lustrum

[luhs-truh m]
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noun, plural lus·trums, lus·tra [luhs-truh] /ˈlʌs trə/.
  1. Also luster; especially British, lustre. a period of five years.
  2. Roman History. a lustration or ceremonial purification of the people, performed every five years, after the taking of the census.

Origin of lustrum

1580–90; < Latin lūstrum; cf. luster1
Dictionary.com Unabridged Based on the Random House Unabridged Dictionary, © Random House, Inc. 2018


Examples from the Web for lustrum

Contemporary Examples of lustrum

  • One of the British novels with the highest sales hopes before Christmas is Lustrum by Robert Harris.

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    The Best of Brit Lit

    Peter Stothard

    September 30, 2009

Historical Examples of lustrum


British Dictionary definitions for lustrum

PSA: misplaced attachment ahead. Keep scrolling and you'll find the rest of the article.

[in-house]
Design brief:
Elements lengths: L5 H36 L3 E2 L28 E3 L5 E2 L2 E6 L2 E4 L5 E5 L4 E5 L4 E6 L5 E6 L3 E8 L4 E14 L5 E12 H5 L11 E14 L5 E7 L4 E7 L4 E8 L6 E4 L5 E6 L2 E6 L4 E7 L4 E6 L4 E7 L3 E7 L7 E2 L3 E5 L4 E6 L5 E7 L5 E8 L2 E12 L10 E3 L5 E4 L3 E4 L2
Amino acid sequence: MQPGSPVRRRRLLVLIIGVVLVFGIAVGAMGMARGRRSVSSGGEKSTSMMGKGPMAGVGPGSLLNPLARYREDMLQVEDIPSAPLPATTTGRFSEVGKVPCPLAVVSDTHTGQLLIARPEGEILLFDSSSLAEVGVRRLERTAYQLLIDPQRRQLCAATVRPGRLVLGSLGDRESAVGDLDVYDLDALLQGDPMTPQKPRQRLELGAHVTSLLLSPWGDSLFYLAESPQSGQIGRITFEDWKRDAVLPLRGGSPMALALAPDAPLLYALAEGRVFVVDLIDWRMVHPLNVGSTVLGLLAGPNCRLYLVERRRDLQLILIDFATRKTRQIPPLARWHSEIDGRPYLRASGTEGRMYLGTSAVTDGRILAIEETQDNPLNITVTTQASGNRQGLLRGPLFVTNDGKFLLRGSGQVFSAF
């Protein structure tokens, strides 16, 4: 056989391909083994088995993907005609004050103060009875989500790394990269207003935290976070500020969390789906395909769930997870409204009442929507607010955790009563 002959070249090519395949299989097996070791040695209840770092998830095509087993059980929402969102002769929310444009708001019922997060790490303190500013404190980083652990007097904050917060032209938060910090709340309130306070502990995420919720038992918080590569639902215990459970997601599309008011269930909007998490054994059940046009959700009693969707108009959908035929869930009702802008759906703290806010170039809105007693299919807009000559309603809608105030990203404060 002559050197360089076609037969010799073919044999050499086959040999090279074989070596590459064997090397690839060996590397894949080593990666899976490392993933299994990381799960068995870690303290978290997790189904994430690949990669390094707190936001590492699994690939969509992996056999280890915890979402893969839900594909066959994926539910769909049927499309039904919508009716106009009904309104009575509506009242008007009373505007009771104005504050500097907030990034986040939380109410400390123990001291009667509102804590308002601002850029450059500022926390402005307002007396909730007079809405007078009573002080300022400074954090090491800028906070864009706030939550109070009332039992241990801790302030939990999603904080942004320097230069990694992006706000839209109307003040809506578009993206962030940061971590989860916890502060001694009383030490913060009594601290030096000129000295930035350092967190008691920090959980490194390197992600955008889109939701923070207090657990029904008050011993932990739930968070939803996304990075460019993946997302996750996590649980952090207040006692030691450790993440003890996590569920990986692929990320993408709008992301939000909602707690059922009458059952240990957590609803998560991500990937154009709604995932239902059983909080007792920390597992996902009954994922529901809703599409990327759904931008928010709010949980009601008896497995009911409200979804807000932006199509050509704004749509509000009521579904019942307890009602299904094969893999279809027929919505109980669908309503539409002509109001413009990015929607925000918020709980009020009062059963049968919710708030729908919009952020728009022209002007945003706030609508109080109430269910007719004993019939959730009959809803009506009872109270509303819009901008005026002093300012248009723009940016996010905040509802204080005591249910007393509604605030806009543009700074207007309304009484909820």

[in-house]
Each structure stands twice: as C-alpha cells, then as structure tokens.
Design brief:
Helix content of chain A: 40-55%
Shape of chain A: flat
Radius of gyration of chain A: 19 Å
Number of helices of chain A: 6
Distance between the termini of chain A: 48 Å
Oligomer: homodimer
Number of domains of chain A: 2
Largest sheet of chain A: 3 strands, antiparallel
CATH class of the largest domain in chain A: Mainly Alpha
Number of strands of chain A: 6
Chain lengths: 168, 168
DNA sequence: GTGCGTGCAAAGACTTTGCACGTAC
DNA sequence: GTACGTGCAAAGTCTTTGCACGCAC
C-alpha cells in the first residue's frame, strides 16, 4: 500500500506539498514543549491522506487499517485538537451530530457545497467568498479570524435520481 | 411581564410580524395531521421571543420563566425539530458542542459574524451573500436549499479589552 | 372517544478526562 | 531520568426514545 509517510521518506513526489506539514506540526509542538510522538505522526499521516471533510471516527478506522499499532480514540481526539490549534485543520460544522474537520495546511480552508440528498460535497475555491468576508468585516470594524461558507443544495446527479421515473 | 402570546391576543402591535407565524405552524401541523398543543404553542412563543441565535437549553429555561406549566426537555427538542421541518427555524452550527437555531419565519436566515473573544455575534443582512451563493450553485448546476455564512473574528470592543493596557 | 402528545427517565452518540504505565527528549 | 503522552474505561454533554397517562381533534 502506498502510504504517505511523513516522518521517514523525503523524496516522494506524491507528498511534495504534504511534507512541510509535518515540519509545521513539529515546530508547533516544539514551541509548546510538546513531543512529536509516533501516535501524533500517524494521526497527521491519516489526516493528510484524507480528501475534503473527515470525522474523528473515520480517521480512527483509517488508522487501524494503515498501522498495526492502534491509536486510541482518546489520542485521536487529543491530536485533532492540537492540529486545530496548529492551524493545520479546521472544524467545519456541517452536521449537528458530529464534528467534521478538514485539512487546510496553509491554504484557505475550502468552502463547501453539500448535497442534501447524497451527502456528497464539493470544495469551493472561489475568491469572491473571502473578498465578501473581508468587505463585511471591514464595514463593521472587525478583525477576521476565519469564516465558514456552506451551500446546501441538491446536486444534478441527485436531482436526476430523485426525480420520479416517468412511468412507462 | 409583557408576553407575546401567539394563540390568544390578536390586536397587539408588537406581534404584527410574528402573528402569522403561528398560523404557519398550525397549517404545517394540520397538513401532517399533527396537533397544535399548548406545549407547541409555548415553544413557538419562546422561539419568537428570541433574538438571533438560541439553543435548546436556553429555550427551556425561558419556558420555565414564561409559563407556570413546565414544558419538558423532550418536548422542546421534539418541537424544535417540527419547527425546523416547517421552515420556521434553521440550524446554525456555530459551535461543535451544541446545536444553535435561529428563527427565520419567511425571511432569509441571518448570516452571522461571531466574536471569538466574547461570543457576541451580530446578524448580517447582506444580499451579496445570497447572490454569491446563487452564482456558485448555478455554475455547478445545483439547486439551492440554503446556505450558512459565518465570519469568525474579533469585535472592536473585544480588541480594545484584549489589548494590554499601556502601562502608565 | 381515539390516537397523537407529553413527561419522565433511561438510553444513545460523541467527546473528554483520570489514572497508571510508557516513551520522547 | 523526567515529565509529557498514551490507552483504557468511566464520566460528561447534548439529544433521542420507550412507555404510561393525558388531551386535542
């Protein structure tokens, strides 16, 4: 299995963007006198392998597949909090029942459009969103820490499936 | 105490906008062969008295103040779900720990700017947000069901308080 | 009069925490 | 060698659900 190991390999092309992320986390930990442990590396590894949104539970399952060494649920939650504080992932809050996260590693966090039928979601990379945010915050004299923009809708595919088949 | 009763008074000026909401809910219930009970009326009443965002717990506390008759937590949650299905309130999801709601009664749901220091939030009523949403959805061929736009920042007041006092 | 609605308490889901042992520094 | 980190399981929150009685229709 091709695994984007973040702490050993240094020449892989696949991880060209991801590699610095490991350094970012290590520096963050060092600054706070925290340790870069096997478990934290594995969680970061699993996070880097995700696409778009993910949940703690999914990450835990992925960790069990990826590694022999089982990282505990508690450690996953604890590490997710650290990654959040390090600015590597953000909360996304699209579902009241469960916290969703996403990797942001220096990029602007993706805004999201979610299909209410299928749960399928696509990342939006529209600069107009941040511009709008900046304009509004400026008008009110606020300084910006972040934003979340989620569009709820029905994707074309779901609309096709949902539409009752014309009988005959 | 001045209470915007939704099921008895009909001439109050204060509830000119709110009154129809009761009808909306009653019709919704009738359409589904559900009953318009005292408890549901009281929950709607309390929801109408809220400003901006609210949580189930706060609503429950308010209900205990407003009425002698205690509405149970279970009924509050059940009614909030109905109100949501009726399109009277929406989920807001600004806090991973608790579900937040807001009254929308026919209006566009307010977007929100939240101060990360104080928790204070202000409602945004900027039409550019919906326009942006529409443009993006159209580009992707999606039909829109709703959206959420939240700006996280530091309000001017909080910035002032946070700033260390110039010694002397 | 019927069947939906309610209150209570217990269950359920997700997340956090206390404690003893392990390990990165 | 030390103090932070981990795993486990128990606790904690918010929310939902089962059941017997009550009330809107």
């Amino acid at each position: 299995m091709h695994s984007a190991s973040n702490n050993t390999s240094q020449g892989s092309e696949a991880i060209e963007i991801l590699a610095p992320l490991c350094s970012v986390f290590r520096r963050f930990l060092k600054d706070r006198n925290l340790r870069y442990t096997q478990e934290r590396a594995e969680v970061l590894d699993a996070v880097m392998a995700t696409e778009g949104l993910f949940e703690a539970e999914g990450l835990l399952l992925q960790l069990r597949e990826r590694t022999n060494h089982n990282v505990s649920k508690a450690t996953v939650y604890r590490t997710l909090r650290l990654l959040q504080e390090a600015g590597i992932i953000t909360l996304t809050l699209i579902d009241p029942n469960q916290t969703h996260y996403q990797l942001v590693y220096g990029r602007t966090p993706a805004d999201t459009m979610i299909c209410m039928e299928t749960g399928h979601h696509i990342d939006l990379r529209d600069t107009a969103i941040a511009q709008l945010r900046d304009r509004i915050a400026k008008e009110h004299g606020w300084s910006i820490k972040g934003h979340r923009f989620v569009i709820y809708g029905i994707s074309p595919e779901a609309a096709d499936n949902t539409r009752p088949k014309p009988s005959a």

lustrum

lustre

noun plural -trums or -tra (-trə)
  1. a period of five years

Word Origin for lustrum

C16: from Latin: ceremony of purification, from lustrāre to brighten, purify
Collins English Dictionary - Complete & Unabridged 2012 Digital Edition © William Collins Sons & Co. Ltd. 1979, 1986 © HarperCollins Publishers 1998, 2000, 2003, 2005, 2006, 2007, 2009, 2012

Word Origin and History for lustrum
n.

(plural lustra), "purification of the Roman people every five years," 1580s, from Latin lustrum, perhaps from root of luere "to wash," related to lavere (see lave). Or [Watkins, Klein] from PIE *leuk-stro-, from base *leuk- "light, brightness."

Online Etymology Dictionary, © 2010 Douglas Harper